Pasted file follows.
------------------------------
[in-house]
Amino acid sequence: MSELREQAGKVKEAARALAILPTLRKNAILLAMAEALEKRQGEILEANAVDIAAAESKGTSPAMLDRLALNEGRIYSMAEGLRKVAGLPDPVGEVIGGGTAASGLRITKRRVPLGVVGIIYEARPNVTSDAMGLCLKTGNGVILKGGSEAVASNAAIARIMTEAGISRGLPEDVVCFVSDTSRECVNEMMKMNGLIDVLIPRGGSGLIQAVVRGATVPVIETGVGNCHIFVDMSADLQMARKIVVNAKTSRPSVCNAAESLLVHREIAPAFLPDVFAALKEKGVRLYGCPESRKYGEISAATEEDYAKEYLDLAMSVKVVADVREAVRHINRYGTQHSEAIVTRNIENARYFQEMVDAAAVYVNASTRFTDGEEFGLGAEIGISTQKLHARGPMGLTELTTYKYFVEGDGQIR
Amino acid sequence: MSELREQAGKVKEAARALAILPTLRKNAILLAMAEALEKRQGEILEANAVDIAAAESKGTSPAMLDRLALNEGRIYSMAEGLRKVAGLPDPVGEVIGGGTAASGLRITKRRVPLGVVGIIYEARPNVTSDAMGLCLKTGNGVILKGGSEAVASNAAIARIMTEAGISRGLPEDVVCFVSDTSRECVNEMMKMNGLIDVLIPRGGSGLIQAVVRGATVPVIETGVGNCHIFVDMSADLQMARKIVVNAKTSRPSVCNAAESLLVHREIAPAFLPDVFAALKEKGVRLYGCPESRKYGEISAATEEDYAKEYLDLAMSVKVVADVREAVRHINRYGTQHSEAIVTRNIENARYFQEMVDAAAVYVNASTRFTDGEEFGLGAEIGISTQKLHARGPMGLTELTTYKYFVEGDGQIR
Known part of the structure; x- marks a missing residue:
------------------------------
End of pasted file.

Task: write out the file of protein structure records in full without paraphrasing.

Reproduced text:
[in-house]
Amino acid sequence: MSELREQAGKVKEAARALAILPTLRKNAILLAMAEALEKRQGEILEANAVDIAAAESKGTSPAMLDRLALNEGRIYSMAEGLRKVAGLPDPVGEVIGGGTAASGLRITKRRVPLGVVGIIYEARPNVTSDAMGLCLKTGNGVILKGGSEAVASNAAIARIMTEAGISRGLPEDVVCFVSDTSRECVNEMMKMNGLIDVLIPRGGSGLIQAVVRGATVPVIETGVGNCHIFVDMSADLQMARKIVVNAKTSRPSVCNAAESLLVHREIAPAFLPDVFAALKEKGVRLYGCPESRKYGEISAATEEDYAKEYLDLAMSVKVVADVREAVRHINRYGTQHSEAIVTRNIENARYFQEMVDAAAVYVNASTRFTDGEEFGLGAEIGISTQKLHARGPMGLTELTTYKYFVEGDGQIR
Amino acid sequence: MSELREQAGKVKEAARALAILPTLRKNAILLAMAEALEKRQGEILEANAVDIAAAESKGTSPAMLDRLALNEGRIYSMAEGLRKVAGLPDPVGEVIGGGTAASGLRITKRRVPLGVVGIIYEARPNVTSDAMGLCLKTGNGVILKGGSEAVASNAAIARIMTEAGISRGLPEDVVCFVSDTSRECVNEMMKMNGLIDVLIPRGGSGLIQAVVRGATVPVIETGVGNCHIFVDMSADLQMARKIVVNAKTSRPSVCNAAESLLVHREIAPAFLPDVFAALKEKGVRLYGCPESRKYGEISAATEEDYAKEYLDLAMSVKVVADVREAVRHINRYGTQHSEAIVTRNIENARYFQEMVDAAAVYVNASTRFTDGEEFGLGAEIGISTQKLHARGPMGLTELTTYKYFVEGDGQIR
Known part of the structure; x- marks a missing residue: